Participation in the HealthCheck360 program is free and completely voluntary. In addition to offering the program at no charge, Davis Express also provides incentives for participation and improving their health over time. “Our drivers in the program are happier with themselves,” Jimmy stated. “We’ve had some great success stories not only with weight loss, but with driver lowering sugar levels, blood pressure and taking less medication.”
Despite those successes, Jimmy’s favorite driver story is a humorous one involving Ted Welcome, an ‘old hand’ who was pulling a load across North Carolina several years ago when his accelerator spring broke. “Ted said those electric poles came faster and faster and with the pedal to the floor, there was no way for him to slow down,” Jimmy recalled. “Going up hills and off ramps didn’t work, so he eventually shut the truck off and coasted into a truck stop and rolled past the fuel island to the shop.” Ted then asked the mechanic to look at his truck and tell him what was wrong with it. The mechanic put his ear to the engine and said, “That’s easy. The truck isn’t running.” Then Ted replied, “Well, it’s damn sure BEEN running!”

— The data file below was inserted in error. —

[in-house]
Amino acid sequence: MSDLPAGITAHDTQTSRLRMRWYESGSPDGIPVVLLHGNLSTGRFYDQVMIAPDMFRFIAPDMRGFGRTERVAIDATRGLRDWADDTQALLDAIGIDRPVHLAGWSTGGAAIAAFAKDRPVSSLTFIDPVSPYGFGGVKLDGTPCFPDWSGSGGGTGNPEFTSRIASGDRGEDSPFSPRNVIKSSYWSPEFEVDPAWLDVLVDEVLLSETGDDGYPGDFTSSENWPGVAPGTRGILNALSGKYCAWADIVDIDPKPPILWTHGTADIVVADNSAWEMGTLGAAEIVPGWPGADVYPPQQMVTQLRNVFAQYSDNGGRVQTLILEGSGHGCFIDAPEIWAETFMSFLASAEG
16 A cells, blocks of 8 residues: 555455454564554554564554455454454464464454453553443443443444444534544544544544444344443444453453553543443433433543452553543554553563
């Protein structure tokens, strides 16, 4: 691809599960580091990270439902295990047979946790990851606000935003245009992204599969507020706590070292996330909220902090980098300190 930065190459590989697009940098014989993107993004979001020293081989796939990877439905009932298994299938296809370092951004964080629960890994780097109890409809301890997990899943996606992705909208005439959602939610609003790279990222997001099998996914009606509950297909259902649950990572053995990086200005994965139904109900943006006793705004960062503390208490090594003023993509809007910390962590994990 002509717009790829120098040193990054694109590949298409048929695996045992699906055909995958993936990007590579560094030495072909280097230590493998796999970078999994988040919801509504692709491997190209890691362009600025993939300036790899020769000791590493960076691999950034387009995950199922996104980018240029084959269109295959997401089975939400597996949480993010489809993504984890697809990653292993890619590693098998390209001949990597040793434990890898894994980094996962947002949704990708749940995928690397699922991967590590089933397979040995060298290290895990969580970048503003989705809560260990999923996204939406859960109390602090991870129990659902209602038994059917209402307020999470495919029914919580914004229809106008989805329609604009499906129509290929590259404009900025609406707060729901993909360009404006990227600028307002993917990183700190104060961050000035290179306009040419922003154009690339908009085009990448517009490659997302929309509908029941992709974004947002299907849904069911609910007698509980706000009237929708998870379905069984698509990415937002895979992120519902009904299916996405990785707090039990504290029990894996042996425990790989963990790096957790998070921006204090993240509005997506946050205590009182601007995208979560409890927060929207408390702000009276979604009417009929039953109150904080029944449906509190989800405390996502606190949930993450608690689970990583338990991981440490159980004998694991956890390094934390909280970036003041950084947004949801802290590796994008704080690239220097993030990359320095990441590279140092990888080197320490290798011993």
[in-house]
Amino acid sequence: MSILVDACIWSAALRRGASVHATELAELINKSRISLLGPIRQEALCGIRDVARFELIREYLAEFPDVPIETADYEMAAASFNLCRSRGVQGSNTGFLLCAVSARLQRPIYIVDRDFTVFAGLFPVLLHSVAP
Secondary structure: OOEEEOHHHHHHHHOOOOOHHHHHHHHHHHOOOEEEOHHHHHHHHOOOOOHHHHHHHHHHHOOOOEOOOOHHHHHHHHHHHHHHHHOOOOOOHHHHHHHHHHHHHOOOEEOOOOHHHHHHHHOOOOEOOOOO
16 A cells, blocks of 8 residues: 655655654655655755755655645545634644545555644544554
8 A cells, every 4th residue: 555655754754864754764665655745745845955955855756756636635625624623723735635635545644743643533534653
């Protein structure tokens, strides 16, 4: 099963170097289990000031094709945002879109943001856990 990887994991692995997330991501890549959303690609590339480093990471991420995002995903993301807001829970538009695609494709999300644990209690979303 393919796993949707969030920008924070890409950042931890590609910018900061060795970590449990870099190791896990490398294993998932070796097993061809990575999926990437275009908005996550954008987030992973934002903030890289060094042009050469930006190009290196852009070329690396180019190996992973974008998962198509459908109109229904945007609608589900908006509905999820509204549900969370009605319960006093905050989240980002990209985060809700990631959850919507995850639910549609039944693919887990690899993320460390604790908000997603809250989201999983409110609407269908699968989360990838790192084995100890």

When Jimmy‘s not running Davis Express, he enjoys being around the water – whether a river, ocean or swimming pool – and says he needs more downtime. However, Jimmy has no plans to retire anytime soon. “I do not want to lose my self-worth,” he said.
Focused on the future
Davis Express currently runs 320 trucks, and Jimmy says his fleet is well-positioned to remain competitive. The company converted to electronic logs in 2009, and boasts excellent CSA scores. When asked where he wants to take the company, Jimmy doesn’t have a number of trucks or trailers in mind. “I just want to finish the journey well,” he stated.
For now, that journey is fueled with optimism and focused on the future. The company just opened a new terminal near Dacula, Georgia. This facility is more centrally located in the Southeast than Davis’ corporate office in Starke, Florida – so the Dacula location will become the major maintenance hub.
Davis’ entire fleet is comprised of company drivers, who can expect to be treated fair if they come to work for this fledgling fleet. Jimmy says his recruiters are busy telling the truth, and they are looking for a few good men or women to join the company. “We will shoot you straight and let you know you will be held to a high standard,” Jimmy added.
For your opportunity with Davis Express, call 800-874-4270 or log onto www.davis-express.com today.